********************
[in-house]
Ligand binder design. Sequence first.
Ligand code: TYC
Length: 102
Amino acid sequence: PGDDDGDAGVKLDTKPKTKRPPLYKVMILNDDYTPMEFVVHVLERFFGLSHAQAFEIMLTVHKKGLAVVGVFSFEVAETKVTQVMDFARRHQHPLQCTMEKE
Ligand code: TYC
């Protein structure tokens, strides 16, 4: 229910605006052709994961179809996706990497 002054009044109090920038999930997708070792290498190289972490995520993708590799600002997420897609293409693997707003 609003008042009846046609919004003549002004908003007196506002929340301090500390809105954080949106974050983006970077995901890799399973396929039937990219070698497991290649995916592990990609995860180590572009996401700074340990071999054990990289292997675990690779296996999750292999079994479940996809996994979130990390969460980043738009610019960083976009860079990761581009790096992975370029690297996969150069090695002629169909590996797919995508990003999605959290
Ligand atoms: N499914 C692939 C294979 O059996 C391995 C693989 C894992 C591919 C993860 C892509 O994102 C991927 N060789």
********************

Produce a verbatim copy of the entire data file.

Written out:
[in-house]
Ligand binder design. Sequence first.
Ligand code: TYC
Length: 102
Amino acid sequence: PGDDDGDAGVKLDTKPKTKRPPLYKVMILNDDYTPMEFVVHVLERFFGLSHAQAFEIMLTVHKKGLAVVGVFSFEVAETKVTQVMDFARRHQHPLQCTMEKE
Ligand code: TYC
């Protein structure tokens, strides 16, 4: 229910605006052709994961179809996706990497 002054009044109090920038999930997708070792290498190289972490995520993708590799600002997420897609293409693997707003 609003008042009846046609919004003549002004908003007196506002929340301090500390809105954080949106974050983006970077995901890799399973396929039937990219070698497991290649995916592990990609995860180590572009996401700074340990071999054990990289292997675990690779296996999750292999079994479940996809996994979130990390969460980043738009610019960083976009860079990761581009790096992975370029690297996969150069090695002629169909590996797919995508990003999605959290
Ligand atoms: N499914 C692939 C294979 O059996 C391995 C693989 C894992 C591919 C993860 C892509 O994102 C991927 N060789």